Crossings and Stepping Stones is a short story I co-authored with Dustin Brackbill. This is our second completed story. Our first one, Crumbs of Curiosity, started with a simple prompt. I began the story while he finished it. We alternated turns in between. The rules were simple: no discussion of the story whatsoever. This was difficult and fun and it certainly stretched our creative writing muscles. With Crossings and Stepping Stones, we again alternated turns this time with Dustin beginning with an original prompt and the first part which left me with the job of finishing it. With this particular story we did have several conversations and as you read you'll see why that may have been a wise choice. Still stretching our creativity, we are very pleased with this story and we thank you for reading and sharing our dream.
Crossings and Stepping Stones
A Short Story written by: Dustin Brackbill and Ryan S. Graybill
“No waiting, darlin’.”
It being a woman’s voice caught Ashlyn off guard - which adequately portrayed the aggregated events leading up to this particular moment.
“And, seriously, you’ll see ‘what’...soon enough.”
With that unconventional exchange, the taxi burned rubber and left the helpless and mostly hopeless young woman stranded by the side of the road. Fortunately for her, the road was not busy. Hardly any traffic had come by the intersection, so she was not in danger from getting run over. On the flip side, she was now alone. Without a cellphone. Or wi-fi device. Ashlyn did not do alone very well, so the panic of that thought was now creeping in.
She also lacked the abilities of direction and decision. As with many in her generation, technology was in charge of the thinking and planning, she merely followed and dutifully reported back on social media. Without her cell phone, Ashlyn shouted out into the world her current status: “This sucks, this sucks! This SUCKS!” She repeated in an increasingly bewildered state. She reached for some pebbles on the street and threw them in frustration. Choosing her next step would not be a happy or easy process.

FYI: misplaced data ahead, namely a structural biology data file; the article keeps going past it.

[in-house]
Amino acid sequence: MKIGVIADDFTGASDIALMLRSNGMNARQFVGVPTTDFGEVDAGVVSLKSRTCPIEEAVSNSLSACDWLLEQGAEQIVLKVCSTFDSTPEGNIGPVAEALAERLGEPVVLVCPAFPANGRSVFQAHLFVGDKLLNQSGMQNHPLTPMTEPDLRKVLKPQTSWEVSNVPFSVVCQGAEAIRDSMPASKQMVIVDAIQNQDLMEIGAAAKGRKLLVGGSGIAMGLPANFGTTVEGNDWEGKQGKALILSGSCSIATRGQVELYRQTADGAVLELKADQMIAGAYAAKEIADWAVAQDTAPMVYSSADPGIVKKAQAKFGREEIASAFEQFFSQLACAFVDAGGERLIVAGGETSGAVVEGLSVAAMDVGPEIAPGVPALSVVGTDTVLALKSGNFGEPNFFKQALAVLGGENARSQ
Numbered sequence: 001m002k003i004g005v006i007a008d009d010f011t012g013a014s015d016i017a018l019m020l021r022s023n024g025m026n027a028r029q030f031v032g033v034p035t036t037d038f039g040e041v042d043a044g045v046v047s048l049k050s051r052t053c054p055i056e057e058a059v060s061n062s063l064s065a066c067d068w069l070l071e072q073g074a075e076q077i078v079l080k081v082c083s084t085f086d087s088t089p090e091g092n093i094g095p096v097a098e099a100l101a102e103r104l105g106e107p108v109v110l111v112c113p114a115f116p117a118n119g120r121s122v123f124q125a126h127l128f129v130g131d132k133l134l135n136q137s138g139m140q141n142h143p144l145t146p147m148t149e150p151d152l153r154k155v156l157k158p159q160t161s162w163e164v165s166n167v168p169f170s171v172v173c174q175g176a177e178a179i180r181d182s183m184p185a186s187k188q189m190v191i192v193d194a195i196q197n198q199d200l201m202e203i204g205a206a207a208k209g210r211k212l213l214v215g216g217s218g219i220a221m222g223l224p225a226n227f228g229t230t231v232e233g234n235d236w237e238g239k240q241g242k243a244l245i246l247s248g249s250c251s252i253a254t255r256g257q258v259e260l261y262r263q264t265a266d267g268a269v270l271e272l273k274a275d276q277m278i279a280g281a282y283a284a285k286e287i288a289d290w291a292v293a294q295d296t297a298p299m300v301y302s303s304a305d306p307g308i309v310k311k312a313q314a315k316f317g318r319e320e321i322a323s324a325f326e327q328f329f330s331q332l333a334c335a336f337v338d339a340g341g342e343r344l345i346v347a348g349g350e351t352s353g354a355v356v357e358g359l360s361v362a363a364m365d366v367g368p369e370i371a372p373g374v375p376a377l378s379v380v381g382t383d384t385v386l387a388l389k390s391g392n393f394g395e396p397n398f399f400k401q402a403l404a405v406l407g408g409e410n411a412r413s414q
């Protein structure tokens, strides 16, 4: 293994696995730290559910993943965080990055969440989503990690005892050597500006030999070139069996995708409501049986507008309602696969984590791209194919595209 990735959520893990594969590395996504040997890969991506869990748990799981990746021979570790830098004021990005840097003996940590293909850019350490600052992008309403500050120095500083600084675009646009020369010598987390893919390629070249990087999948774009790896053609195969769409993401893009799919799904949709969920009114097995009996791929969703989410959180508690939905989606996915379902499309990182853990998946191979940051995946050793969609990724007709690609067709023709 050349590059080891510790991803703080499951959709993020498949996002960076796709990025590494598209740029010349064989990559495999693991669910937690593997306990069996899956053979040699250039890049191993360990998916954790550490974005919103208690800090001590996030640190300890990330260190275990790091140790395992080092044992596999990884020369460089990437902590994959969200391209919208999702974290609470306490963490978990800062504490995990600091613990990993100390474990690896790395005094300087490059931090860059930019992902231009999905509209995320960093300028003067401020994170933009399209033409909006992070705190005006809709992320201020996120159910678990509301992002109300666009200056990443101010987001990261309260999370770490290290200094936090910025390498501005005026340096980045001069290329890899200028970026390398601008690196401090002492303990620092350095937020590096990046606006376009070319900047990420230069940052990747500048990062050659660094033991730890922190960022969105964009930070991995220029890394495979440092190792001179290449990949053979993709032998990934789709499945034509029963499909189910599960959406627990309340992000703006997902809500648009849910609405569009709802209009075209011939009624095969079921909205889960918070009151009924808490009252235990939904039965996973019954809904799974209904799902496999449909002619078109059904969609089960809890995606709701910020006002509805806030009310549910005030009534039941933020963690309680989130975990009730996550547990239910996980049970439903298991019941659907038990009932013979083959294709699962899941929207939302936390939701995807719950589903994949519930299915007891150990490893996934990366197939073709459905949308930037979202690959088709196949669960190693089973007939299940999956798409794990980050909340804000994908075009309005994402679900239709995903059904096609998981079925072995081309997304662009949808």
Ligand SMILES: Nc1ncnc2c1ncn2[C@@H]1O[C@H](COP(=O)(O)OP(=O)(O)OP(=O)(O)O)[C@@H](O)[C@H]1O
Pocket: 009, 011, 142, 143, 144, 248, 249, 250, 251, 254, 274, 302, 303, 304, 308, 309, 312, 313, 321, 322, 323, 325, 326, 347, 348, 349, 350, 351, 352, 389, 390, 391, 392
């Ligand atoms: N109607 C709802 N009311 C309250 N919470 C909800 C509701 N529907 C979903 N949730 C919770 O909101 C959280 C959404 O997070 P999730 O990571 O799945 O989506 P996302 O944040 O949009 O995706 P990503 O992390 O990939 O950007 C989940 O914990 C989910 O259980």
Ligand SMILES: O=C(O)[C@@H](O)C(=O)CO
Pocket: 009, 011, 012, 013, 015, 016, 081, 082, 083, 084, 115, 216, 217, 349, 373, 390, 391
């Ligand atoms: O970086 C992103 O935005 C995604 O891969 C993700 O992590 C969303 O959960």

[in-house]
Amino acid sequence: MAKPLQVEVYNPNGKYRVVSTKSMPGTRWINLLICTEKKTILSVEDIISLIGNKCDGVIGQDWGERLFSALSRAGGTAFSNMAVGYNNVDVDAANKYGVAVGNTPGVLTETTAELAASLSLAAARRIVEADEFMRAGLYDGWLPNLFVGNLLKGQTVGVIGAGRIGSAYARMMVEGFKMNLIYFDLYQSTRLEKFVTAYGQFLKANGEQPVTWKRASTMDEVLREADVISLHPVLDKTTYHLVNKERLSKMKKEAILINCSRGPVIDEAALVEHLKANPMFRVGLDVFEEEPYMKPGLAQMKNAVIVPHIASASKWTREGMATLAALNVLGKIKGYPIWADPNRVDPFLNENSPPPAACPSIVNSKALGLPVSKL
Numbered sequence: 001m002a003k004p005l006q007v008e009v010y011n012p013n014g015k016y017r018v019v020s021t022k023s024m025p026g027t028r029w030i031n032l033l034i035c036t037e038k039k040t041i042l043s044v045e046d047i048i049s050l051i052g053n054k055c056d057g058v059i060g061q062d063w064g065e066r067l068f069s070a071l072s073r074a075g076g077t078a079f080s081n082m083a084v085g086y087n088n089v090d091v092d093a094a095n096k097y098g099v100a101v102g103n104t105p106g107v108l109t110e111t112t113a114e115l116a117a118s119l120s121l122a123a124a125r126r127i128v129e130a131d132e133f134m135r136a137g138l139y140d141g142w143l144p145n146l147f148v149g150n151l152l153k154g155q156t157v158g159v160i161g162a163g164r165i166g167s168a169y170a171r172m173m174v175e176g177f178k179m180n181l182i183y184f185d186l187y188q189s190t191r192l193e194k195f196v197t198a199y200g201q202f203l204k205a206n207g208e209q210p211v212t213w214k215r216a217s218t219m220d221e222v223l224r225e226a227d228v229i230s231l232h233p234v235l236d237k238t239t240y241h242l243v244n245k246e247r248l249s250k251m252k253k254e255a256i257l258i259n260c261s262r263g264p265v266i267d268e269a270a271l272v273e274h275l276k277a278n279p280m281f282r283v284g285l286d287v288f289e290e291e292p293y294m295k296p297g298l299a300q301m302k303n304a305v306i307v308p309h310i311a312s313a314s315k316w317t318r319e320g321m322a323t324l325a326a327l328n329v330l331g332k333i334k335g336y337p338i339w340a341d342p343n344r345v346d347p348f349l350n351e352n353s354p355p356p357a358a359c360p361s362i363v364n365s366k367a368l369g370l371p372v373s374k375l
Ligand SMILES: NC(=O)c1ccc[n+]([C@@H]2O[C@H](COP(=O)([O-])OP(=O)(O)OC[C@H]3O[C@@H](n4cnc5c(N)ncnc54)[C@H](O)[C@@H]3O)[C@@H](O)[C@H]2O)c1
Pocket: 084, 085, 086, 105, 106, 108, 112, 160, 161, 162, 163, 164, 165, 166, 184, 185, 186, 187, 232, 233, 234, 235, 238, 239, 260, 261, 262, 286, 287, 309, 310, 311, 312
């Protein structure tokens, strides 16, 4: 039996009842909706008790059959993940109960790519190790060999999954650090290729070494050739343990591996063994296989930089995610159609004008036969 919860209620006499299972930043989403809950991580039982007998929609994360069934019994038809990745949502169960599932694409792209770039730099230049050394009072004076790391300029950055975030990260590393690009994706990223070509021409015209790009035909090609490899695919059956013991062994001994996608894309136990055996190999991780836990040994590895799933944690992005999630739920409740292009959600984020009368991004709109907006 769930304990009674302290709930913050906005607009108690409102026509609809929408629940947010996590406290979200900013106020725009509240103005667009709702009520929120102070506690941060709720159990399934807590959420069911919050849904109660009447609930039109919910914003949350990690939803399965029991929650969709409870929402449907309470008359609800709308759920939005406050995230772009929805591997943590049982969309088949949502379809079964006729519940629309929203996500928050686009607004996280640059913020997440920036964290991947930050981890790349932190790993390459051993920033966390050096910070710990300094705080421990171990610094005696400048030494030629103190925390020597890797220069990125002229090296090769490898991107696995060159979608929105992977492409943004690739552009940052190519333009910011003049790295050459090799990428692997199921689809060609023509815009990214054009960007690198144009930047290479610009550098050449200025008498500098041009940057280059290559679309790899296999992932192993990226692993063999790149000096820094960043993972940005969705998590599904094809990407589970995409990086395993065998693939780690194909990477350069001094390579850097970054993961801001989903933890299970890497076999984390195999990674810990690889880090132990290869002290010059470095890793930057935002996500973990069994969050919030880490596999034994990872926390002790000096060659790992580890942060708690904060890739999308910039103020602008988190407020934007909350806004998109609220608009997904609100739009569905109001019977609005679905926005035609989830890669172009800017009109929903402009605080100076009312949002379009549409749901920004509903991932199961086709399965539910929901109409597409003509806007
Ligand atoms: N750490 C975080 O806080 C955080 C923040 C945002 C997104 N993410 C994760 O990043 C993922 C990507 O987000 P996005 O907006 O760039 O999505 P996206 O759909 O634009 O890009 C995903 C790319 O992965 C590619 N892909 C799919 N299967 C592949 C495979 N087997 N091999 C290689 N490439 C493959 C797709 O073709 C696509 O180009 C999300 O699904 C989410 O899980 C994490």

Fortunately, ...or not, after some time had passed, a large tractor trailer cab chugged slowly down the street. The reflection from the hot mid-day sun on the well polished surface of the truck gave a blinding glare to Ashlyn’s view, but she was optimistic for a rescue. Instead, she got a companion.
“Really?! Here? Come On!”
“Here and now buddy. Good luck and GET OUT!”
The middle aged black man hesitantly stepped down from the truck, a bit upset, surprised and depressed at his new surroundings. The truck pulled away slowly with some exhaust from its stack and a very loud honk for good measure. It was strangely both ominous and cheerful when the driver waved out the window.
“Now what?!” exclaimed Dwayne. It was a comment as much to himself as to the girl or to God above. He stared across the intersection at Ashlyn, who he noticed was unwilling to make eye contact with him and seemed desperate for the truck to return. With no stores around, no homes or signs of help, he was starting to feel some of her concern. But he was a practical man given to thoughtful work and effort, so no moping or fretting would avail to any good at this point.
“Hey, you, umm, do you have a cell phone?” Ashlyn half-heartedly yelled across the street.
“Nope. I was asked to leave it behind. Seems like I should have thought that through,” replied Dwayne. He wondered about crossing the street, yet wanted to wait until the girl was feeling safe enough so he wouldn’t need to worry that calling the cops on him would be her first priority - if she had a phone.
The minutes of silence between them stretched uncomfortably. Sweat was dripping down Dwayne’s back and the sun was burning Ashlyn’s freckled face. This was almost as lonely as going solo, she thought. But then another car approached. To her delight, it was a long stretch limo! What was that doing in this empty landscape? The anticipation as the heat waves rose off the road and the approaching car brought hope back to Ashlyn and curiosity to Dwayne. Both were making a plan for how to get in that limo - which no doubt had the A/C cranked.
In sync, they both stepped bravely into the road and put up their hands to flag down the car. It would’ve been impressive to watch from an aerial view, right up to the part where the car kept speeding forward and they both had to dive back to their corners - bruised and rejected. Hope and curiosity seemed dashed, but the limo threw them another surprise and slowed to a stop about 100 feet passed them. Eventually the rear door opened and an Indian man in a blue business suit stepped out.
“Just a sec. It’ll be fine. I’ll get this all taken care of.”
Wanting - or rather, expecting a response - Anvay didn’t get one.
And before Anvay could even close the door, the disinterested chauffeur pulled away at the same speed as his approach. It startled Anvay, but he quickly recovered, smiled, and turned to the stranded pedestrians. Turning on the charm was second nature to him, so he switched gears and approached Ashlyn and Dwayne as old friends would.
The intersection now seemed crowded and the three wanderers began to converge at last.